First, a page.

Oakland environmentalist Van Jones had a chance to make a real difference. As President Obama's green-jobs advisor, he was going to help the nation transition to a green-tech economy, while assisting millions of unemployed workers gain valuable new skills. But when he suddenly resigned last weekend it was clear that he had been caught up in an unfortunate series of events that also served as a stark example of the nation's increasingly ugly public discourse.
Jones couldn't have known it, but the beginning of the end to his short White House career took place nearly two months ago when a white Massachusetts cop arrested a black Harvard professor in his own home. Cambridge police Sergeant James Crowley put Henry Louis Gates Jr. in cuffs because he wrongly thought he was a burglar. Gates was quickly released and the city's mayor apologized profusely, but the incident instantly became a racial flashpoint.
The controversy intensified when the president said a few days later that police had acted "stupidly." Right-wingers immediately pounced on Obama's remarks, and leading the way was Fox News host Glenn Beck, an unhinged, far-right demagogue who regularly spews falsehoods and spins wild conspiracy theories. Beck quickly labeled the president a "racist," and claimed Obama harbored a "deep-seated hatred of white people."
In response, an Oakland liberal activist group, Color of Change, which Jones had helped launch but is no longer involved with, began a national advertising boycott of Beck's show. The boycott worked well - more than forty corporations pulled their ads. And so Beck and his far-right minions launched a counterattack, targeting Jones and using an East Bay Express cover story as ammunition.
The 2005 profile noted that after the Rodney King verdicts in the early 1990s, Jones said he considered himself "a communist." It was an off-hand remark that was apparently meant to convey how angry he was at the time. The story also noted that for a few years afterward, Jones was a member of Standing Together to Organize a Revolutionary Movement, or STORM, a group that dreamed of a multiracial socialist utopia. Although the Express article made it clear that Jones had outgrown his radical roots to become a national leader of a mainstream environmental movement, right-wingers claimed he was proof that Obama was operating some sort of shadow regime bent on turning America into a socialist country.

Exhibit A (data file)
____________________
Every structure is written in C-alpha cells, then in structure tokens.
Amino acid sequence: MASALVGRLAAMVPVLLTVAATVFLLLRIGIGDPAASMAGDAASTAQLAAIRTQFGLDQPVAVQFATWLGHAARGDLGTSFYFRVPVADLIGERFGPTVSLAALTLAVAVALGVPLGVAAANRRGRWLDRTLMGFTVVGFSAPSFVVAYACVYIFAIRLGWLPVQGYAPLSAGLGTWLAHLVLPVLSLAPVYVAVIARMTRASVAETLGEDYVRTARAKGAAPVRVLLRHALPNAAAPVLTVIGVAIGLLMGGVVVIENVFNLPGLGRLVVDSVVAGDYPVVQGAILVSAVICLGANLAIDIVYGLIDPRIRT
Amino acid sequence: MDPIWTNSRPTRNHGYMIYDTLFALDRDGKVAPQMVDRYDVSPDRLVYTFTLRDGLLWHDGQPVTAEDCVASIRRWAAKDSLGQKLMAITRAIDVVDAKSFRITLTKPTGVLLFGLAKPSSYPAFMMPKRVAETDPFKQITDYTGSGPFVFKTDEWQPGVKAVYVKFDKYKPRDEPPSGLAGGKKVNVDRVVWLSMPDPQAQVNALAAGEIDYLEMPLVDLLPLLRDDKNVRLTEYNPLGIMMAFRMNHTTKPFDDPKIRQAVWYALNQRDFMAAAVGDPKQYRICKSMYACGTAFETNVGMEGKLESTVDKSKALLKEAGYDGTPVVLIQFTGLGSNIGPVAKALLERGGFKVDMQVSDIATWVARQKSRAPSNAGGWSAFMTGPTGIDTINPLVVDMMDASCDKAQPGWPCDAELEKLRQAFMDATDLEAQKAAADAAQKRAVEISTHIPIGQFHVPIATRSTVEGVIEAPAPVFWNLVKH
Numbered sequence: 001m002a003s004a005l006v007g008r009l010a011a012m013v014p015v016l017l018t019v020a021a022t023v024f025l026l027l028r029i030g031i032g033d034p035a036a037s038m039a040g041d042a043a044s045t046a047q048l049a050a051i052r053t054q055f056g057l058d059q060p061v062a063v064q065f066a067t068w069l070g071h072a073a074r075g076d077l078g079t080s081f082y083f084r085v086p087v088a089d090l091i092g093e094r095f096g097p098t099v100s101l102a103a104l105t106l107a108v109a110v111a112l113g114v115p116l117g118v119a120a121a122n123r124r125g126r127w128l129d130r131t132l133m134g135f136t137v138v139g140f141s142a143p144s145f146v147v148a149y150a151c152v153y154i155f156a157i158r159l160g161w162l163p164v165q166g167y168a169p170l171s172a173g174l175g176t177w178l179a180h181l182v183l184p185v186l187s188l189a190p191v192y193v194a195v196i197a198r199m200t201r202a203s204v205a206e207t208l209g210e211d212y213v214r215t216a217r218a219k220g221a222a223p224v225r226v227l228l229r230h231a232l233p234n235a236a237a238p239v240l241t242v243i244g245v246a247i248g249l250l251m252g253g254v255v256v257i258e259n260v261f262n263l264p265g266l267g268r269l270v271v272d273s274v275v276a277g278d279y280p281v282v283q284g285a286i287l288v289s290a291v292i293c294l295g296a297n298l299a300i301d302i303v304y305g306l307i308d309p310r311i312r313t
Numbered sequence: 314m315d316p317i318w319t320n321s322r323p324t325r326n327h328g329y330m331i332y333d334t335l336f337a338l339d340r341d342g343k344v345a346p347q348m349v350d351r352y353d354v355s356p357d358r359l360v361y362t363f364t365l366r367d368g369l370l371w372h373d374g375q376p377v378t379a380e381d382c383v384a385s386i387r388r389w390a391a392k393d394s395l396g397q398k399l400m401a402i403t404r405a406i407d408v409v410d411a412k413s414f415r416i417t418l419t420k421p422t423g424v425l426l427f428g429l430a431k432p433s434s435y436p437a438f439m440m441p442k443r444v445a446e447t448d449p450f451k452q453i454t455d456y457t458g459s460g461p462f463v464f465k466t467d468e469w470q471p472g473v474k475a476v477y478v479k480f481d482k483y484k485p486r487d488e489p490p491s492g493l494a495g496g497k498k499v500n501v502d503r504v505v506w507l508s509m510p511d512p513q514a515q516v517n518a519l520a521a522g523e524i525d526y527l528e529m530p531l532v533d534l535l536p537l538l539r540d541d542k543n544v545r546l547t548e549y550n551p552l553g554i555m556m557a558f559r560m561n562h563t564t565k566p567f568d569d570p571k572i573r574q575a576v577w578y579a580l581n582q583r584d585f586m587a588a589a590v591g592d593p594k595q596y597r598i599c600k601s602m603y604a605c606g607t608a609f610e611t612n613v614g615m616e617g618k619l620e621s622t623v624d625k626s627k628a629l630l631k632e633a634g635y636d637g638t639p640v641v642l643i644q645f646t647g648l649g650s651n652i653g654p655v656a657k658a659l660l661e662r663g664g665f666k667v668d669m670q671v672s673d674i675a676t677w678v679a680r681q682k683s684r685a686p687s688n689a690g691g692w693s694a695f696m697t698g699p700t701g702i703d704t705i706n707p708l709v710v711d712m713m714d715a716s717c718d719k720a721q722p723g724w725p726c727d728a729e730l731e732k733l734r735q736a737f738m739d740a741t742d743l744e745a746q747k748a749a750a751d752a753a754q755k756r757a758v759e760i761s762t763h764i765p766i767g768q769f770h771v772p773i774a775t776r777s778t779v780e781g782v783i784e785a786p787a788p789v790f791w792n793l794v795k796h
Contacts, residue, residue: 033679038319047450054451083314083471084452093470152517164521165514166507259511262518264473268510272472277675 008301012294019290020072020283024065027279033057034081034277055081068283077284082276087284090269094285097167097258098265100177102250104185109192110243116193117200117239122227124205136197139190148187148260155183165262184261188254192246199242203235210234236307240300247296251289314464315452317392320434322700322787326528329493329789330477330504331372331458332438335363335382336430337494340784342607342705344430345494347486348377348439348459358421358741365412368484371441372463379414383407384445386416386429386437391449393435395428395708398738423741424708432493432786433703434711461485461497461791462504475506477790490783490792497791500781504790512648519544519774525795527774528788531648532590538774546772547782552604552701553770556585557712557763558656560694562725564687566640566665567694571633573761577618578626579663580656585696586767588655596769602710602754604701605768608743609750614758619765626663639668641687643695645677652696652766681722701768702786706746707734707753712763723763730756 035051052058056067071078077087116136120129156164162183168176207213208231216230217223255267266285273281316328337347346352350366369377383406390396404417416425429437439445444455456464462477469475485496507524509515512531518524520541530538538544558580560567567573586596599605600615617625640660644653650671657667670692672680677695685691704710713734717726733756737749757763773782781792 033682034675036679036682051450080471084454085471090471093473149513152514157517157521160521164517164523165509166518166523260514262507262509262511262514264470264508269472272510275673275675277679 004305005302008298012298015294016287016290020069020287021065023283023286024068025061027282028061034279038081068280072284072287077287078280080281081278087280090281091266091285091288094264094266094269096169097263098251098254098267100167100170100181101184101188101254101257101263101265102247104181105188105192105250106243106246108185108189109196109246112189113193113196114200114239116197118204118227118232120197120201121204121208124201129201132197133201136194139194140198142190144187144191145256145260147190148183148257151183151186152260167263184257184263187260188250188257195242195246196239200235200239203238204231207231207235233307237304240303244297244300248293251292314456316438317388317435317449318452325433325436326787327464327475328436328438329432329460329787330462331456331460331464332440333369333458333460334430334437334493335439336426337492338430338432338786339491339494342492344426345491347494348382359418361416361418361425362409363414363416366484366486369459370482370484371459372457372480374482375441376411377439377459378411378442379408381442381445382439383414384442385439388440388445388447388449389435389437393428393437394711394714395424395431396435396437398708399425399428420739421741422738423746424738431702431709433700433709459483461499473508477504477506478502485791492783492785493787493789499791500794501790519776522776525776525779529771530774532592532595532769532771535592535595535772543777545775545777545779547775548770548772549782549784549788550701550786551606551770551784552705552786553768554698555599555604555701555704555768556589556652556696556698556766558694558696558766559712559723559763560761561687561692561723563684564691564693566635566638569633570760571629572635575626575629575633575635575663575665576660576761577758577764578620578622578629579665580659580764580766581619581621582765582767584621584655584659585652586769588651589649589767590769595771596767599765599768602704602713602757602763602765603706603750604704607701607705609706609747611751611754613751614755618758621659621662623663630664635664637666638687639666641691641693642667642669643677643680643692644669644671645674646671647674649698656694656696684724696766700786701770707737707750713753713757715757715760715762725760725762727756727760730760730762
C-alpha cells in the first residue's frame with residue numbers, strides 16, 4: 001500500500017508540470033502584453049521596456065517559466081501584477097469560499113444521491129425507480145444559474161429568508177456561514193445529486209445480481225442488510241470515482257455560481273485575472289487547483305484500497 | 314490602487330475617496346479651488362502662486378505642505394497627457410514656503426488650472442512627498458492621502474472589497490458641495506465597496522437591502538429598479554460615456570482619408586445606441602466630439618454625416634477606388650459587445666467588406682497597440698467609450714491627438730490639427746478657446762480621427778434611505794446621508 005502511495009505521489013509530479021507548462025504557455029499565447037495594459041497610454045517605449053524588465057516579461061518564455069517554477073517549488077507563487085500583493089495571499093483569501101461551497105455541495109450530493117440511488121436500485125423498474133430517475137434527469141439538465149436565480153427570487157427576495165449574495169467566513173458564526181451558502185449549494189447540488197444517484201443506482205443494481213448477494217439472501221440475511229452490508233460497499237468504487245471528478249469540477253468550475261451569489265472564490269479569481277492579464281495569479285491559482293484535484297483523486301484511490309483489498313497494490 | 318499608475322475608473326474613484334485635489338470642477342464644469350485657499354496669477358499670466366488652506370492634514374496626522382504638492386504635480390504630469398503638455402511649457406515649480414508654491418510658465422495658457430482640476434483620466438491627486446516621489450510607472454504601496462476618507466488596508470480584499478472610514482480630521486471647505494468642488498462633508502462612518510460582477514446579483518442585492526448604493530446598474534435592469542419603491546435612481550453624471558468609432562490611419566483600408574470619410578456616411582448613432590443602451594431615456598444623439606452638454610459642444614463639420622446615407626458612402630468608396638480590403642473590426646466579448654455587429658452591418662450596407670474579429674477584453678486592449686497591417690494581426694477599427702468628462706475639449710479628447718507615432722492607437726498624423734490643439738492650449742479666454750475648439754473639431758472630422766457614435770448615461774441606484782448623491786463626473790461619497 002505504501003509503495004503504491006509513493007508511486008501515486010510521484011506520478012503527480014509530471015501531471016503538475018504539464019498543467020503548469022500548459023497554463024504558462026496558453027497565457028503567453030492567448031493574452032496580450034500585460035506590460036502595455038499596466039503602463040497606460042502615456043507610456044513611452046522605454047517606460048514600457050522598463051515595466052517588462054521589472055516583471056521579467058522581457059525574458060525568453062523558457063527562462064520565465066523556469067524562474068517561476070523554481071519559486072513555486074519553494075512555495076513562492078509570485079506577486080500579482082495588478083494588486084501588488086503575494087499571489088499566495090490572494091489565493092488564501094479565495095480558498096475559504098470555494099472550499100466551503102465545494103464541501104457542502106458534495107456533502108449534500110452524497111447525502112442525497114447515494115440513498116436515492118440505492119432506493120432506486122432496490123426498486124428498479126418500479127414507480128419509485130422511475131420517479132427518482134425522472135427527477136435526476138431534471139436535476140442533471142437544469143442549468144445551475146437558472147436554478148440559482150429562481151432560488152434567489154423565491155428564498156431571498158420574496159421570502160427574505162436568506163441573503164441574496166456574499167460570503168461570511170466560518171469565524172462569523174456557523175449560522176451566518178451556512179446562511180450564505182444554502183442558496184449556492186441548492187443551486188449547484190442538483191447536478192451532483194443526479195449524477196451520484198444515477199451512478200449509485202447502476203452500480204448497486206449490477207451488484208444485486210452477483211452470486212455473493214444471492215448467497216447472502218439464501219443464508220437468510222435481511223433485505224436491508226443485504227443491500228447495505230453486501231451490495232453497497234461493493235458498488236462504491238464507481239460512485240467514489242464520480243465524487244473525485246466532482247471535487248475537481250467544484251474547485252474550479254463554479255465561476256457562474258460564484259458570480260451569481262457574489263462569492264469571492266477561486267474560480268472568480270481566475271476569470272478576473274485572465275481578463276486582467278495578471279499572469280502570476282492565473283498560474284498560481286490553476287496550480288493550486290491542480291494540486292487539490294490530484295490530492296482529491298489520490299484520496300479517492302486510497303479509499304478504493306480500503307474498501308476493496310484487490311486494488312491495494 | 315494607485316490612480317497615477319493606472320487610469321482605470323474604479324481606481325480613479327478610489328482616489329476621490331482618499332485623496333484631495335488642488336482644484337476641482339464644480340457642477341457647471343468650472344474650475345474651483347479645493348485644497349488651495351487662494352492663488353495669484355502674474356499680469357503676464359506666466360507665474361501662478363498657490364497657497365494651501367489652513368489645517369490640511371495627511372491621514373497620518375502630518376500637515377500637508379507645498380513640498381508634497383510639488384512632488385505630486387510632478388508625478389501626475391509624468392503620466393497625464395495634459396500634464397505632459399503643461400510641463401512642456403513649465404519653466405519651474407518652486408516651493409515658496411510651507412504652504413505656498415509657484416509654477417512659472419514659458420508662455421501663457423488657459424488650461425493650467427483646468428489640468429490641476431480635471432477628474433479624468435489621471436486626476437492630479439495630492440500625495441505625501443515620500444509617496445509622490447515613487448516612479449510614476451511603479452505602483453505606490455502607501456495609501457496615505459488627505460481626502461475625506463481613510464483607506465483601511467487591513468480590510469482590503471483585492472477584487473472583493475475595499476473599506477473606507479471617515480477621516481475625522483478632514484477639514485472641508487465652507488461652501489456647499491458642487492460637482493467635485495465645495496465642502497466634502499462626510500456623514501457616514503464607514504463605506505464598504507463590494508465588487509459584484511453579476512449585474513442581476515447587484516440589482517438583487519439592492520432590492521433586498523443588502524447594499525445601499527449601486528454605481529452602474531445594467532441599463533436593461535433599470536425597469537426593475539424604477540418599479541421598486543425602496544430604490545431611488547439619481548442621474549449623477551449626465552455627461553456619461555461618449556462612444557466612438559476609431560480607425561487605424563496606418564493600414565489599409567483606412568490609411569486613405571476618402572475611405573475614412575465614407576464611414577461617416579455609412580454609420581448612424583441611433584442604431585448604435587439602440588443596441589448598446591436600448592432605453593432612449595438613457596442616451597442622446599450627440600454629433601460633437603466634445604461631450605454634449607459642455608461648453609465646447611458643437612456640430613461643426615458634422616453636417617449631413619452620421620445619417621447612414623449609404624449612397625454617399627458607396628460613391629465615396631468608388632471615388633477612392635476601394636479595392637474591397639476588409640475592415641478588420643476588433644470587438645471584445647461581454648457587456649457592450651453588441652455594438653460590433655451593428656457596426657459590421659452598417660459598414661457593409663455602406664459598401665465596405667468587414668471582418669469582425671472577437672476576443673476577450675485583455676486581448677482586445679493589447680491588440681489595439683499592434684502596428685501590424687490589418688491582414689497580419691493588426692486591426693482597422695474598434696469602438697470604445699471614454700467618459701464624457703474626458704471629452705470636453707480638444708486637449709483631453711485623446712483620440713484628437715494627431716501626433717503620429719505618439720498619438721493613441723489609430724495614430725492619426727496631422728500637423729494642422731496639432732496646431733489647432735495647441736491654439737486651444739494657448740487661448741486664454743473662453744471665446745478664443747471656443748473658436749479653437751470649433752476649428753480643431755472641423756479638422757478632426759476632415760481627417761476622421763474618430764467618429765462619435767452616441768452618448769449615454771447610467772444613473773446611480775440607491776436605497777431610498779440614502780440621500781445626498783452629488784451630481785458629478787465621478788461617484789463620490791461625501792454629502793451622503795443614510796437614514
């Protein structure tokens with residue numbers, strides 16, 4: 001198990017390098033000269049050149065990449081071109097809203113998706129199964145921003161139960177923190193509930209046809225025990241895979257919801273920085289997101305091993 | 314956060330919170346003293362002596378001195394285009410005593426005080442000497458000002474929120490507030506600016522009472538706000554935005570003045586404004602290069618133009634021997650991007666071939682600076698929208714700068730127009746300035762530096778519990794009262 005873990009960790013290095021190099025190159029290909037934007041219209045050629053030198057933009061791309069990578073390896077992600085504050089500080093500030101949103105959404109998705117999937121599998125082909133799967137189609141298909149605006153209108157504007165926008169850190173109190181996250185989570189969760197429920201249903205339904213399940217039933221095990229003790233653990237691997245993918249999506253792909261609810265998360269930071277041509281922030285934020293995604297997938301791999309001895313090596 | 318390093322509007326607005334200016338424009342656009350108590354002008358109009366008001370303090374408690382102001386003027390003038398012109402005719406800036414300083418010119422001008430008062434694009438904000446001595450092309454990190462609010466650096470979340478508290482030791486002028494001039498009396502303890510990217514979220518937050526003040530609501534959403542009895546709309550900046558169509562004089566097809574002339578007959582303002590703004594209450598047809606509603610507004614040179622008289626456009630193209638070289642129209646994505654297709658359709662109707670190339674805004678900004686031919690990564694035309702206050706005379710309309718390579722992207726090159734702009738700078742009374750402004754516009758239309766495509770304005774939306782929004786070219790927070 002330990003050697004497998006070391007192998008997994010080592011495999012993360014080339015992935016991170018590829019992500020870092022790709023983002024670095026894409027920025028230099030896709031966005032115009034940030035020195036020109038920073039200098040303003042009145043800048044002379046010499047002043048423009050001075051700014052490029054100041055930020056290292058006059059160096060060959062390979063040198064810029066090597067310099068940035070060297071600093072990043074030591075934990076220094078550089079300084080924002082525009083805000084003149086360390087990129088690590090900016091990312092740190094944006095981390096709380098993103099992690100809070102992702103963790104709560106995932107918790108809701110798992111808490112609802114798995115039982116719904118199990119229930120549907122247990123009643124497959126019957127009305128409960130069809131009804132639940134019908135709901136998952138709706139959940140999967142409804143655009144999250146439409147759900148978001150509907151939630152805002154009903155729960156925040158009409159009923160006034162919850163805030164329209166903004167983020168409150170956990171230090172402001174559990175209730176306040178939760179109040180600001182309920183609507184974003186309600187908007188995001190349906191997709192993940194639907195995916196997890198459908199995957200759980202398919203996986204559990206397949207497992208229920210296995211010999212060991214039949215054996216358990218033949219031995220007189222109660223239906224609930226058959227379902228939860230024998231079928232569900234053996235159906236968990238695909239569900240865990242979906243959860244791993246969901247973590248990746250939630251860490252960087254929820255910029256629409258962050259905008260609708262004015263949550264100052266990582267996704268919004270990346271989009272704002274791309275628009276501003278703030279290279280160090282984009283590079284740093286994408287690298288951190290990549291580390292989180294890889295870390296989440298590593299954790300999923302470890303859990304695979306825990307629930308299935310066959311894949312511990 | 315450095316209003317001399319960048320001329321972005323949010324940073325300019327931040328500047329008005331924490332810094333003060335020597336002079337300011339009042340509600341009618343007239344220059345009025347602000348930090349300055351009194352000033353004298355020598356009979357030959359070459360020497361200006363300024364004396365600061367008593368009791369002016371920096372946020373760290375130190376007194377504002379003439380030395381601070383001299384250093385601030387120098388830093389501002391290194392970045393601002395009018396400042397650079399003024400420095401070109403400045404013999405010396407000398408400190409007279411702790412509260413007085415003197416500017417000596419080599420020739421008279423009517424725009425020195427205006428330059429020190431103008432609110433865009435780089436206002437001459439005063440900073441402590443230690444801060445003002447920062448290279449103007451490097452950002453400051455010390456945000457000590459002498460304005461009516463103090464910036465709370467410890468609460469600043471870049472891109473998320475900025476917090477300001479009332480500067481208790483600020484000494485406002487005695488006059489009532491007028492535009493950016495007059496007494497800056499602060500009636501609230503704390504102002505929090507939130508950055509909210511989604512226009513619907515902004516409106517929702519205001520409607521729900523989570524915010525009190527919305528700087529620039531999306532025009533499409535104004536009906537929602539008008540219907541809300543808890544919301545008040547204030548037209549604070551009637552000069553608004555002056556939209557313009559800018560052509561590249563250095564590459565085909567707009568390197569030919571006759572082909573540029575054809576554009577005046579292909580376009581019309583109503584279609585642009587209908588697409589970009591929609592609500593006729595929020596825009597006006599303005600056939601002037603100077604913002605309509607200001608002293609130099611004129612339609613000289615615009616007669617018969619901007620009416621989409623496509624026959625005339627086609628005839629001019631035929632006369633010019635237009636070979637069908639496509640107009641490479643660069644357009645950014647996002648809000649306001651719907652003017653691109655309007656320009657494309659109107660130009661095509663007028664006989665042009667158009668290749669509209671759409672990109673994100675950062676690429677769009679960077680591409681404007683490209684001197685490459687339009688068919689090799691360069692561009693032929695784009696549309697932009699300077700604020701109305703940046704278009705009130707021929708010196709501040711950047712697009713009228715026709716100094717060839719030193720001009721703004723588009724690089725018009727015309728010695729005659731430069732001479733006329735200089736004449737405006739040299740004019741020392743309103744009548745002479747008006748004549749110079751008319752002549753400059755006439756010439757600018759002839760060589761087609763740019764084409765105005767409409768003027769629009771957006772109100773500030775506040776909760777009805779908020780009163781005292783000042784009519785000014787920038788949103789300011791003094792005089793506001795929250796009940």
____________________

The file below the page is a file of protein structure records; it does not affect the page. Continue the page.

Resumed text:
Beck and the conservative blogosphere then unearthed a YouTube video of a speech Jones gave earlier this year in Berkeley before joining the administration in which he called Republicans "assholes." Jones also calls himself an "asshole" in the video. By themselves, the remarks appeared to be no big deal, and after Jones quickly apologized, it looked for a moment as if the right-wing firestorm might fizzle.
But then bloggers discovered that in 2004 Jones had signed a petition that called for an investigation into whether the Bush administration had allowed the 9/11 terrorist attacks to happen in order to sway public opinion for a war against Iraq. Jones quickly said he didn't know what he had signed and said the petition didn't reflect his views then or now. But it was a no-win situation - either he was lying about not knowing what the petition said or the Yale law school grad had signed something without reading it first. Moreover, circumstances outside of Jones' control were about to overwhelm him.
Throughout the summer, Obama's approval numbers had been falling because of incessant right-wing attacks on the Democratic health-care proposal, including the absurdly bogus allegation that the plan included "death panels." Obama and the Democrats were unsuccessful in combating the falsehoods, in large part because the mainstream media failed miserably in pointing them out. But the damage had been done. And so when the president decided last week it was time to launch a full-court press for health-care reform, Jones realized that he had become too much of a distraction for the young, embattled administration.